From Mohammed Ibrahim Kaduna
The International Committee of the Red Cross (ICRC) said it has trained nearly 70 health care staff in troubled Benue and Plateau states to respond to situations of mass casualties since 2015.
ICRC said this became paramount in the wake of communal violence affecting Nigeria’s north-central states.
The humanitarian agency also said nearly 20 doctors and nurses in Makurdi, Benue state alone completed a three-day training in trauma care at the weekend.
Eloi Fillion, ICRC’s Head of Delegation in Nigeria, said “ Timely and efficient care for patients suffering from trauma wounds can make the difference between life and death.
“Our ultimate goal with this training is to increase the chance of survival for anyone who enters the hospital.”
The ICRC head in Nigeria said in first quarter of 2018, more than 400 people living in areas impacted by the violence in the north-central areas have received first aid training and are now serving as first responders in the wake of armed violence.
Armed violence has increased in Benue, Kaduna, Plateau, Nasarawa and Taraba states in recent months and Civilians have been injured and killed and thousands of families have been forced to flee their homes and are now living in host communities or makeshift camps.
The agency said in Benue state, a predominantly agrarian society, the violence has also disrupted their ability to farm and earn a living, leaving many to depend on humanitarian assistance to meet their basic needs, from food and water to shelter and medical care.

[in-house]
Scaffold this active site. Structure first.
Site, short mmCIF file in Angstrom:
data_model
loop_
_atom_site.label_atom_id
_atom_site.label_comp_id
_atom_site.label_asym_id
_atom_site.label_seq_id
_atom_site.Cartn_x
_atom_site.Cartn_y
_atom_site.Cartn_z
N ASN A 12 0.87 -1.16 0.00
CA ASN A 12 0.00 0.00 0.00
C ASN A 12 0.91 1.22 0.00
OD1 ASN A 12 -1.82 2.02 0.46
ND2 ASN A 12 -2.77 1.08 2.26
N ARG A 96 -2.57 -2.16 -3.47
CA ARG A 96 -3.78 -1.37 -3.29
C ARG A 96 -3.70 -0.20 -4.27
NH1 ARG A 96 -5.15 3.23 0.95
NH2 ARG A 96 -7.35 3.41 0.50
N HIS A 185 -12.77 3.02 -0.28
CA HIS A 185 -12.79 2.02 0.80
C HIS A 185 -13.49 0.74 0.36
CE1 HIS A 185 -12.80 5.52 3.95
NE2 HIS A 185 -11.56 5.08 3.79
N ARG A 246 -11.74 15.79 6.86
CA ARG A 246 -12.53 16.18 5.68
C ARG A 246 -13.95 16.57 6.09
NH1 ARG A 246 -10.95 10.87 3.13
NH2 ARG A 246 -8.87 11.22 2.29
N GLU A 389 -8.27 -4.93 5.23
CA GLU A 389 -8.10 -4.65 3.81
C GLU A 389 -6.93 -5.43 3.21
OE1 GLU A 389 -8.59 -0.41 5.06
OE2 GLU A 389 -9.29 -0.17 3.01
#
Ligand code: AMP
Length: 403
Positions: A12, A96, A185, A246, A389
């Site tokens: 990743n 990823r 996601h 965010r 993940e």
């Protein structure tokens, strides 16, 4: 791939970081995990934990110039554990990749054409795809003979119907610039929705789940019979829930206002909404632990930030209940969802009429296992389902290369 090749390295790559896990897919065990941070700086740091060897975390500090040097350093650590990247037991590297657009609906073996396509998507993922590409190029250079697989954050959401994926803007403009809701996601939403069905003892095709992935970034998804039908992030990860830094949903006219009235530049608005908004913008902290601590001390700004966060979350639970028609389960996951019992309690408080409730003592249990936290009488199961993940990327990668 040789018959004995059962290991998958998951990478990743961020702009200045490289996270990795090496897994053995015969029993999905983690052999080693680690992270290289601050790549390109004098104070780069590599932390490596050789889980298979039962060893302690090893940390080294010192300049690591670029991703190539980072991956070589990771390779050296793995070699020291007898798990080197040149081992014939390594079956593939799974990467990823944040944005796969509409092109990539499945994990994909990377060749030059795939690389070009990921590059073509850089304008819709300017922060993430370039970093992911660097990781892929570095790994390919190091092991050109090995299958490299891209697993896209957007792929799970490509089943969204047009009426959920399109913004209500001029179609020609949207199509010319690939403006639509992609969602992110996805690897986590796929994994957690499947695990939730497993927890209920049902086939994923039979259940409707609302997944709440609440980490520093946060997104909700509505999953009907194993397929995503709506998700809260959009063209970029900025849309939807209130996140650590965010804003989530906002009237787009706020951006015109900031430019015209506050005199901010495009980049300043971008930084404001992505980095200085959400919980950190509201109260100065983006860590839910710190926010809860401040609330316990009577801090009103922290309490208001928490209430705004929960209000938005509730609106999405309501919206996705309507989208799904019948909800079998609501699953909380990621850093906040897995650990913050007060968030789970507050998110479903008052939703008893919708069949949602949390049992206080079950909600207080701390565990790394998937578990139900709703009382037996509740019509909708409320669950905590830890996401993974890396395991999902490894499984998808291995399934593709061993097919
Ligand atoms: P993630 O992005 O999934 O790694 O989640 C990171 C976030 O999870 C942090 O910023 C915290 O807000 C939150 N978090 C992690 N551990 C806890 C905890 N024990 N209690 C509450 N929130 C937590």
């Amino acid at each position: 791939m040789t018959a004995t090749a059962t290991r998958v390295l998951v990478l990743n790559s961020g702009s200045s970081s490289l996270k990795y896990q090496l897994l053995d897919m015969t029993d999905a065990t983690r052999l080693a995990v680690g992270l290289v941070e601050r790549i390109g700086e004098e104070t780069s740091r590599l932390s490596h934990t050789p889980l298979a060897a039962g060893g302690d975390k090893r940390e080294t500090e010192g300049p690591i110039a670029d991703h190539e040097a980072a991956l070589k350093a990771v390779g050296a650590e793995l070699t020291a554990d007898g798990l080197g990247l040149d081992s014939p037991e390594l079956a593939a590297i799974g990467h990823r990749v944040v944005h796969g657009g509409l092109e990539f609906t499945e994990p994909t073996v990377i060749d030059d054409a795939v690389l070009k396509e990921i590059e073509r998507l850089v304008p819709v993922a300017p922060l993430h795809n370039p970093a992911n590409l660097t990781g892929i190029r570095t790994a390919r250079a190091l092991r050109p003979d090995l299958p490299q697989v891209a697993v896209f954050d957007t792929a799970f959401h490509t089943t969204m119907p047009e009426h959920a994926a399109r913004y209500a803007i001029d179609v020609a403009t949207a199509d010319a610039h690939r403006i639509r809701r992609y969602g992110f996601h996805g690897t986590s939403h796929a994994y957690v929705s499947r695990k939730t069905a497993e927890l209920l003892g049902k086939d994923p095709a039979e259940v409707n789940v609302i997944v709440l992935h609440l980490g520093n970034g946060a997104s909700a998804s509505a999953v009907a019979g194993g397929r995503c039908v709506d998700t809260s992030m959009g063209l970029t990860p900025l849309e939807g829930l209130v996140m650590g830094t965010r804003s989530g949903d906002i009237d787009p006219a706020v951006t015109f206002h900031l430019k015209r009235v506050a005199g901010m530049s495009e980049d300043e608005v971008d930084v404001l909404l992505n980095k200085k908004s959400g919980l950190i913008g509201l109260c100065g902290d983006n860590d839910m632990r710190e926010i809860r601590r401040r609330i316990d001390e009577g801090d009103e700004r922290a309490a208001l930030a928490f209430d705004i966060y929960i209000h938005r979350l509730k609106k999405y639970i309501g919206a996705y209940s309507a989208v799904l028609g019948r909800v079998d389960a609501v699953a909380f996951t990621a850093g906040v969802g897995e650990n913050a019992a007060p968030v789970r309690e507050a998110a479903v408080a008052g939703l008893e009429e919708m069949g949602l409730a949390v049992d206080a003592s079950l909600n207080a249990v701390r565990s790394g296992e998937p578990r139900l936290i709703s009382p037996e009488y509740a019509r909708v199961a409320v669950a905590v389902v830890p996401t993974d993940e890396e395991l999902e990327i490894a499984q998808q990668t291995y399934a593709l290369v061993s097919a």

“ICRC also provides maternal health care and emergency medical supplies to health facilities in the violence-affected areas, including Benue and Plateau states.
“Since May 2018, an ICRC emergency health response team has responded to almost 90 cases of severe acute malnutrition among displaced children under five years old,”.
One of the course participants, Dr Amina J. Onyewuchi said: “I would recommend this course to every medical practitioner and paramedic because the knowledge of trauma management is very useful to us.”
The training, organised by the International Committee of the Red Cross (ICRC) in collaboration with the Ministry of Health, aimed to help health care workers better assess and manage gunshot wounds and other trauma cases.
It was facilitated by two specialist surgeons, Dr Lama Dipta from Nepal and Dr Kenneth Ozoilo from Jos, Nigeria and focused on life-saving techniques to care for patients with trauma injuries.
In cooperation with the Nigerian Red Cross Society (NRCS), the ICRC has also been training communities affected by communal crisis in first aid.